Traditionally, women also are earlier adopters of health and wellness trends and savvier shoppers than men. It’s no surprise cannabis and CBD infusions now can be found in everything from skincare and tampons to bath bombs and breath mints.
“It’s exciting, because women are now using cannabis not just for health, but also for wellness and beauty—and it’s about time!” Yummi Karma Communications Director Alysia Sofios exclaimed. “When it comes to what’s trending in the cannabis women’s market, the question is, ‘What isn’t trending?’ It was only a few years ago that we were laughed out of the room when we said we wanted to create the first mainstream cannabis beauty brand for women. Luckily, we pursued it anyway and launched High Gorgeous. Today, there is so much demand that we’re constantly in research and development.”
The “we” to whom Sofios refers is the all-female executive team at cannabis company Yummi Karma LLC and its High Gorgeous infused beauty brand. Early operators in the legal cannabis industry, co-founding sister team Krystal and Chelsea Kitahara head up the company. They always have produced women-friendly products. The company’s first success was a THC-infused tincture developed for the Kitahara’s mother, who struggled with chronic insomnia. Called Drift Away, it’s been the best-selling sleep tincture in California since its debut, according to Sofios.
“No question—the CBD-only market is flourishing, but we’re now seeing women coming back to products with THC because they simply work better together,” Sofios said. “The science behind the entourage effect is real, and that’s why we now offer high-CBD products with different ratios of THC in our new wellness, detox, and beauty drops.”
High Gorgeous Cannabis Drops come infused in several ratios of THC to CBD and also contain vitamins and botanicals in three formulations, including Daily Dose, Fresh Start, and Inner Glow.
One might not equate sublingual tinctures with a cosmetics line, much less tonics infused with THC-to-CBD formulations. But if you believe in or seek inner beauty, a woman comfortable in her own skin is more attractive than one who is perpetually stressed, in pain, sleep-deprived, or in a bad mood. Bliss is beauty.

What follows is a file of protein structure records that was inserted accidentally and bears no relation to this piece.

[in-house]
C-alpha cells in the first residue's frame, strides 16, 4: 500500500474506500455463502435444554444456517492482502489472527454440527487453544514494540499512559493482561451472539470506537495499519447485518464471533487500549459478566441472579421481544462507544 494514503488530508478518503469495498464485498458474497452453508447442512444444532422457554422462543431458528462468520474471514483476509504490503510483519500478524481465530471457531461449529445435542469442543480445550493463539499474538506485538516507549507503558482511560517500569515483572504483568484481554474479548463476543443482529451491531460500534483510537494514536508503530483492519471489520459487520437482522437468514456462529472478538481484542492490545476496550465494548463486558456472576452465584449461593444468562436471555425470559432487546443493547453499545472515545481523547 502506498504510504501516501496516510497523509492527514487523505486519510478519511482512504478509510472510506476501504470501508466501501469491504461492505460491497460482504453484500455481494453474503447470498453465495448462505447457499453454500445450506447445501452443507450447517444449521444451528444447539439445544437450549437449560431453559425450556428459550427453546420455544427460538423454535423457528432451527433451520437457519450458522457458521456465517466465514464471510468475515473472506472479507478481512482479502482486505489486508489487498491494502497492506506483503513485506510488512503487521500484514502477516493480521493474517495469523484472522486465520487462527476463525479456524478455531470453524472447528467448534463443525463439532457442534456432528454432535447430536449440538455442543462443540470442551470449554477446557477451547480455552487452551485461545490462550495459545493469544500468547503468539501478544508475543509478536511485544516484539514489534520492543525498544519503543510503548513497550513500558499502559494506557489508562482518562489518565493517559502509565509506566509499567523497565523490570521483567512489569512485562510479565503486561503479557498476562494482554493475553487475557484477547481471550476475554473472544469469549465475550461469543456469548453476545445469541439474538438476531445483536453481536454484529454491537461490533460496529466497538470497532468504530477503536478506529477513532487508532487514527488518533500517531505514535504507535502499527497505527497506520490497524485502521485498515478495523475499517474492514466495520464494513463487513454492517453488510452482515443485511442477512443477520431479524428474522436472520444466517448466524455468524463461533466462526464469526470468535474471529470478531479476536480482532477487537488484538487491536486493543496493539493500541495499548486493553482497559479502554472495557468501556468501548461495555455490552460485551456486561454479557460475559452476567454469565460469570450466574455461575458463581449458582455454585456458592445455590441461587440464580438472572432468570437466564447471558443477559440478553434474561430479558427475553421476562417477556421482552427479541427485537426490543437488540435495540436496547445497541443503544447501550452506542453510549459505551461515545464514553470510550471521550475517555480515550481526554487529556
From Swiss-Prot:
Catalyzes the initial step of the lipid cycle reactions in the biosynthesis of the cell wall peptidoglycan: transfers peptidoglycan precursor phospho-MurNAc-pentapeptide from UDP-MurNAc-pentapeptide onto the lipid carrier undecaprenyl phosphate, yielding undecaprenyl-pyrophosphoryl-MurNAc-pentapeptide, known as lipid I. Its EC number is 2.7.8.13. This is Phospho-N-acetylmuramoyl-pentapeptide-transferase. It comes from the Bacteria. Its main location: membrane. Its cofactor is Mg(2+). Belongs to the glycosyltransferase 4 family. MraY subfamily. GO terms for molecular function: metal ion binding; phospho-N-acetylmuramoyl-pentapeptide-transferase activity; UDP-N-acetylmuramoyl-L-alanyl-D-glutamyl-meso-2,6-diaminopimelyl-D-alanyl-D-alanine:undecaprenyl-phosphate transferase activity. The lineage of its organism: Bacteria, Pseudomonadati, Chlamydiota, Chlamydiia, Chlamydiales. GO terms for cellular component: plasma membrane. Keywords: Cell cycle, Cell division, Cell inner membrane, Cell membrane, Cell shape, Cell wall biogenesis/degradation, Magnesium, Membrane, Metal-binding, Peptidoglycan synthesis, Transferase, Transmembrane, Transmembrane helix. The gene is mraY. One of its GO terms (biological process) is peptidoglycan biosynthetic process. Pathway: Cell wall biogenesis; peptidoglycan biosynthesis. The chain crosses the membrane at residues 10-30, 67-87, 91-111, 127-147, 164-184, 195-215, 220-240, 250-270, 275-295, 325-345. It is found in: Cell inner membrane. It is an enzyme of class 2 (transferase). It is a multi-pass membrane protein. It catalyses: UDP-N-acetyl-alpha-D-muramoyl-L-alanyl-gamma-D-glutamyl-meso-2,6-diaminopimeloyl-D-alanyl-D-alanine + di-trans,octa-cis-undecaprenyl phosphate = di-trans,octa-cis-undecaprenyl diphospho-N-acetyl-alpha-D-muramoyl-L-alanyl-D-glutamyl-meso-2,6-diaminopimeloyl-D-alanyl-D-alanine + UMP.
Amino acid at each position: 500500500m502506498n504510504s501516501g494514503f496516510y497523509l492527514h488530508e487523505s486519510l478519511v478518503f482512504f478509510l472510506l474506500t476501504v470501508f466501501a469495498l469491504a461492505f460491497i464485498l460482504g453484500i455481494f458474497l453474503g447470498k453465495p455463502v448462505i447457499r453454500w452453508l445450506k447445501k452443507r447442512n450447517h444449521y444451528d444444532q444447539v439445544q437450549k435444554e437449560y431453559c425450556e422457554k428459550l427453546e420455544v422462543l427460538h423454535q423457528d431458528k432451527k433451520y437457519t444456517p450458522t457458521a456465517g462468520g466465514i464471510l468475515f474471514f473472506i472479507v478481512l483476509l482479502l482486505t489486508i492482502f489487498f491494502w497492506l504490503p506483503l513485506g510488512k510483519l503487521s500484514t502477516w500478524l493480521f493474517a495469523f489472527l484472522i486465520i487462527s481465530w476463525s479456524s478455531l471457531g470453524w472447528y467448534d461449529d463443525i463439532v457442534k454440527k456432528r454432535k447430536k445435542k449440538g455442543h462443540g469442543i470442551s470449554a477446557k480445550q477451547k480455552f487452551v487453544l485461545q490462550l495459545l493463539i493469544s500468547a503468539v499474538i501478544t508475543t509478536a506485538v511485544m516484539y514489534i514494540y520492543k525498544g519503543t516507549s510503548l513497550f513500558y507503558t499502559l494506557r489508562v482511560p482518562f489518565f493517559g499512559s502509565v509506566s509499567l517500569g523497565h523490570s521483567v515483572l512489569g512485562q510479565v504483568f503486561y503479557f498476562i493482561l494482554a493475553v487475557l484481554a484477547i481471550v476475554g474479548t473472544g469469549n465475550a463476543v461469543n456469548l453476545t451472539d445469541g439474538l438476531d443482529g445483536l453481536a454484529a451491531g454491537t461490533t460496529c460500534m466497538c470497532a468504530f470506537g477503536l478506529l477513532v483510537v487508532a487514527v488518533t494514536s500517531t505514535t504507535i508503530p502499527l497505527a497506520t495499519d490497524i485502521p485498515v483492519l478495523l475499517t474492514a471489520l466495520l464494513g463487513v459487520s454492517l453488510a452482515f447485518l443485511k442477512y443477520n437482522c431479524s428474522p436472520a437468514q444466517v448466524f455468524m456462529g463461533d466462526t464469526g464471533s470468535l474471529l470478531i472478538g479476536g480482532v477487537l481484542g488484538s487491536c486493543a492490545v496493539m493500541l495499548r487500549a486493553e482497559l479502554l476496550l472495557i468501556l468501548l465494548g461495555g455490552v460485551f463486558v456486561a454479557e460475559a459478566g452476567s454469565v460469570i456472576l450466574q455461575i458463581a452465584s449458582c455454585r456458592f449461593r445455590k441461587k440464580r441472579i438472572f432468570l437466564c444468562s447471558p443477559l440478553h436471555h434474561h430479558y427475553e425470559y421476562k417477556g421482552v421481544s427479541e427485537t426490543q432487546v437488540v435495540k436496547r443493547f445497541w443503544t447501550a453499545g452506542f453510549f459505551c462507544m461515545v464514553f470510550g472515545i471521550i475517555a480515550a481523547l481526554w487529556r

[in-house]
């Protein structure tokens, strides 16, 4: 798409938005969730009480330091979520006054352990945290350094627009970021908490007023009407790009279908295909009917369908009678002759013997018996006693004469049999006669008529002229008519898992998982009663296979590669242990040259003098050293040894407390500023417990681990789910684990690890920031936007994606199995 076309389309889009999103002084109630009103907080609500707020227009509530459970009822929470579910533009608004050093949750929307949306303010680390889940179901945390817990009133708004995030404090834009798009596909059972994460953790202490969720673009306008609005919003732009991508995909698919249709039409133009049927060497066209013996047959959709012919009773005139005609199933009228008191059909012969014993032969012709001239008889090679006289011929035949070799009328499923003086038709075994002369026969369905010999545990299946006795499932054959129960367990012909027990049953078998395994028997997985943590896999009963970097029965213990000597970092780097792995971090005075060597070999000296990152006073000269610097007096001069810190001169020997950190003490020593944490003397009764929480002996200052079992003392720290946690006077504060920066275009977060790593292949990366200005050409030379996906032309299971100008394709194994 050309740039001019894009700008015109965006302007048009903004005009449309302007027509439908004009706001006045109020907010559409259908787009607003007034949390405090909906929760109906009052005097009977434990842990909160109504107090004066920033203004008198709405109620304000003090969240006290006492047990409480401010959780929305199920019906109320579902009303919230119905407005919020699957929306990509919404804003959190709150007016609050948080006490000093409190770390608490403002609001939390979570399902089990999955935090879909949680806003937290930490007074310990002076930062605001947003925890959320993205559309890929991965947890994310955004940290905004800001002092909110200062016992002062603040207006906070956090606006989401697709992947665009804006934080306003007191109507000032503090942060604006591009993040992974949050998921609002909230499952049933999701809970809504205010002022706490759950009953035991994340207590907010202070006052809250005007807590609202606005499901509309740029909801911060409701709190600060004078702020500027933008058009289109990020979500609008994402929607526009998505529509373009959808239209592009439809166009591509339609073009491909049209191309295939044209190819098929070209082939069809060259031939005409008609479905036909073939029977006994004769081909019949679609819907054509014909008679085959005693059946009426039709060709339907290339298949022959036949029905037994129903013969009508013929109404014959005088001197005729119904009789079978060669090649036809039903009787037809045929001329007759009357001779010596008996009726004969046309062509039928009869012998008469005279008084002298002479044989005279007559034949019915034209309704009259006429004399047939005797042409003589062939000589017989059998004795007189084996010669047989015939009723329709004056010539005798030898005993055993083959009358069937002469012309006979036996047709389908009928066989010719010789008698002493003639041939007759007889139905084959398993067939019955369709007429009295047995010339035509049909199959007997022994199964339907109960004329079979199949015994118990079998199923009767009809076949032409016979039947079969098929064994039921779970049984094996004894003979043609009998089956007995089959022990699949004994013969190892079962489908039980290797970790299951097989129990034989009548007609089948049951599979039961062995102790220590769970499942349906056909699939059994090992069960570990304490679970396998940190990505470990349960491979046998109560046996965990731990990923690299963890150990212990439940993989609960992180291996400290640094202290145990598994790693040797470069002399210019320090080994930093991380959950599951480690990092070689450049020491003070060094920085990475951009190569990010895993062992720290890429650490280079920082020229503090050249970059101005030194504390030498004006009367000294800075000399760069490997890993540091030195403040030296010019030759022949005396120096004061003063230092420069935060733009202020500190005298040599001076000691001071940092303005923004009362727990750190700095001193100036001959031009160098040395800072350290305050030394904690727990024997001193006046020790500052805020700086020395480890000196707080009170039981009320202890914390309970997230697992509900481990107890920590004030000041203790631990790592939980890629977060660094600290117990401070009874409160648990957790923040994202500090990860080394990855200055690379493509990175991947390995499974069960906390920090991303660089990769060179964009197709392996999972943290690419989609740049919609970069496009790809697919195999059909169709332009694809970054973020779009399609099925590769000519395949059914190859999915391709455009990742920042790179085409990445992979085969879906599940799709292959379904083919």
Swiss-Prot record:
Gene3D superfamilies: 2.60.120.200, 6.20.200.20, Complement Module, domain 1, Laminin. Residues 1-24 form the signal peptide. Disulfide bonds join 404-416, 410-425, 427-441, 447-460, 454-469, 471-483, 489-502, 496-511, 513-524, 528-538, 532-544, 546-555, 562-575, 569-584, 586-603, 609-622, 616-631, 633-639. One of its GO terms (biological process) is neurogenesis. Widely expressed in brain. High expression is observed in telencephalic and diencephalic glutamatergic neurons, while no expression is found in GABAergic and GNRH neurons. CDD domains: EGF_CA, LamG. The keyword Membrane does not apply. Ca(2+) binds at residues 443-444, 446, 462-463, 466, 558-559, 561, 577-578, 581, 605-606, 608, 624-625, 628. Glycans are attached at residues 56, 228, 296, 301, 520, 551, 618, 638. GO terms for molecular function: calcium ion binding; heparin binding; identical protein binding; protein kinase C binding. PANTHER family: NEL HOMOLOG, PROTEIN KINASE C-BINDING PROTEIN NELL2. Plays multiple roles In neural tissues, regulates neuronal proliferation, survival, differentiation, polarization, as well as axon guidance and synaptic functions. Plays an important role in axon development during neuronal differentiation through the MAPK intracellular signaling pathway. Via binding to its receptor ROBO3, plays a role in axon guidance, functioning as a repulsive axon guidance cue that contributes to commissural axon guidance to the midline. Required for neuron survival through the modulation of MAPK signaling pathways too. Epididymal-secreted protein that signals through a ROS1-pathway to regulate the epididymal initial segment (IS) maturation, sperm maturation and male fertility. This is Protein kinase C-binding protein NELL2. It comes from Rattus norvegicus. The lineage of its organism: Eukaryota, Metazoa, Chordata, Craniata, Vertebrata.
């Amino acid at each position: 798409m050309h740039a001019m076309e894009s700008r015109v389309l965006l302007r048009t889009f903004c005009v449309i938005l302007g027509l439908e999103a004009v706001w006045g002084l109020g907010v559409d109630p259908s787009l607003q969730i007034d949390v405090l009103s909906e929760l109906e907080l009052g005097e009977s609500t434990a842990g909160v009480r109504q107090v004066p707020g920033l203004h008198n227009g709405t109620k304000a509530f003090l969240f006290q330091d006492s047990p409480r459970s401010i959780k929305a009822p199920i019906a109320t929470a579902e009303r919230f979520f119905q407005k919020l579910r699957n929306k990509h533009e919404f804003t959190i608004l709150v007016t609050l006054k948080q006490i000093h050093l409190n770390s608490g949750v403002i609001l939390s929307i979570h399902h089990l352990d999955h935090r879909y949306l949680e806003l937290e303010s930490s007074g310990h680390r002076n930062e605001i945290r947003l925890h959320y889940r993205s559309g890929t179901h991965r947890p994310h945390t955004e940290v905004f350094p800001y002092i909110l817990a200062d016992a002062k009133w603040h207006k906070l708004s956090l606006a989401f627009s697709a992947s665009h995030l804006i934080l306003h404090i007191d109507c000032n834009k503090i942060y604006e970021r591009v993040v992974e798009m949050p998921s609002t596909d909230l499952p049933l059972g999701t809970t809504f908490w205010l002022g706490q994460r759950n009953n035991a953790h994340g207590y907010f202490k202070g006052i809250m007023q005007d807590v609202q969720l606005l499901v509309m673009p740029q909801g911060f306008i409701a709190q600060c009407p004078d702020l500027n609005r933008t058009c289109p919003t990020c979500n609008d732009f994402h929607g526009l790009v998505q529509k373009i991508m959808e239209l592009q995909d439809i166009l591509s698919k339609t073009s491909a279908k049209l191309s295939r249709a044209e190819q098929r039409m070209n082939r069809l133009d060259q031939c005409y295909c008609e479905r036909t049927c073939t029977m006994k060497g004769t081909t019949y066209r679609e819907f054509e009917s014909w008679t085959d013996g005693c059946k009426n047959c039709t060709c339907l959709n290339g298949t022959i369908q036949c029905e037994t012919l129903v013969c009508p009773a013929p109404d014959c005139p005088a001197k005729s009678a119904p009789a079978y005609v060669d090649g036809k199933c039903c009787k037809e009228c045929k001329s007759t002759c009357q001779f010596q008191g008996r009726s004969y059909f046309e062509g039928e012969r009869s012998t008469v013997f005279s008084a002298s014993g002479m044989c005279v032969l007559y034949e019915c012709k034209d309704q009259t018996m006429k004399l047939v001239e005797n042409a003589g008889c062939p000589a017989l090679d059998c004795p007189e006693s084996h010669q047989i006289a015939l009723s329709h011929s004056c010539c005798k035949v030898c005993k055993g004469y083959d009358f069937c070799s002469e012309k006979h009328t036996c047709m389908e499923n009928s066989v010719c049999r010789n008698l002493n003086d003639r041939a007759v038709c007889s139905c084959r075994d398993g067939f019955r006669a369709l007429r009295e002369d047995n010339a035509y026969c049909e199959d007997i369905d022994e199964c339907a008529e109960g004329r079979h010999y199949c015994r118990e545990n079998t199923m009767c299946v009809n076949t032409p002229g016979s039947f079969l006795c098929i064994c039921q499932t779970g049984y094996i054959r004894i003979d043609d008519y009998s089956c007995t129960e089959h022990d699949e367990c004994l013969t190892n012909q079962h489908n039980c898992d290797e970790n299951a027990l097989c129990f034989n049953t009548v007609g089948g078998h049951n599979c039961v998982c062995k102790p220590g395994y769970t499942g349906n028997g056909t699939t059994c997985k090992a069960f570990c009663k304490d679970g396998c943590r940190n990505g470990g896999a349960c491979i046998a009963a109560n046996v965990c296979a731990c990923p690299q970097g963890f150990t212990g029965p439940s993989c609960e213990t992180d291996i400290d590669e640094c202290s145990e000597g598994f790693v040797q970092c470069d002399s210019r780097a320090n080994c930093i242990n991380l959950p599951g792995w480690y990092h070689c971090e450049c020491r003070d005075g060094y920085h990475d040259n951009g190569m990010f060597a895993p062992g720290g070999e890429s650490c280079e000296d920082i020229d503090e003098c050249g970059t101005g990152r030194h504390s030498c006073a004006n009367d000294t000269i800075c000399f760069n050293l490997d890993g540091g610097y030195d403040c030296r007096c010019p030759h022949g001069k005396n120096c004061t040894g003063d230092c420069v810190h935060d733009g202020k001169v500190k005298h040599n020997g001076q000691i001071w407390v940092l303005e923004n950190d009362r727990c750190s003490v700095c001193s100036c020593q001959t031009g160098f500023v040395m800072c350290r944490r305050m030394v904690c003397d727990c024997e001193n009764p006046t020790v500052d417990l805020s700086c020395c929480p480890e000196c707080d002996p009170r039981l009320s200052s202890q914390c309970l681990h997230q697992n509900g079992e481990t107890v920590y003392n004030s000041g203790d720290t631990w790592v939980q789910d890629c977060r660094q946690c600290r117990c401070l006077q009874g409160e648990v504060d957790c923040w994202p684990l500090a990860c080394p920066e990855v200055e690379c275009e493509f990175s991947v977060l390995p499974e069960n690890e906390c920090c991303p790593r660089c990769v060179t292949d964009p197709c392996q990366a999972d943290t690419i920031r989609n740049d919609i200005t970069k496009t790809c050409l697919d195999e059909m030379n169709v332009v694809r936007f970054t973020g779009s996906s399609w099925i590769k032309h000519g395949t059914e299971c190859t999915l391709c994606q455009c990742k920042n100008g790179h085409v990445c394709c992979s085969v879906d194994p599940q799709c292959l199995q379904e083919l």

“Not only do women want THC products more than ever, but they want them to pack more milligrams,” Sofios said. “We’re rolling out a few new high-THC-only drops with our signature natural flavors to make them taste just like summer. We’re also doing a lot of product research with other phytocannabinoids that we think will be just as popular as CBD in the near future.”
As consumers, women move quickly through trendy products but can be very brand-loyal once they find a product or brand that resonates with them, feels empowering, and actually works. “In order to be a successful brand in the new legal landscape, you have to stay relevant,” Sofios said. “We love pushing the envelope—and women not only demand it, but they also appreciate it.”
Cannabiniers also recently began pushing the envelope with a novel delivery system: pharmaceutical-grade transdermal cream with a patented rapid-release technology that delivers a high dose of THC within minutes. According to President and Chief Operating Officer Tim Walters, BASKiN GLOW delivers 81 percent of its payload over the course of six hours and cannot be washed, rubbed, or sweated off.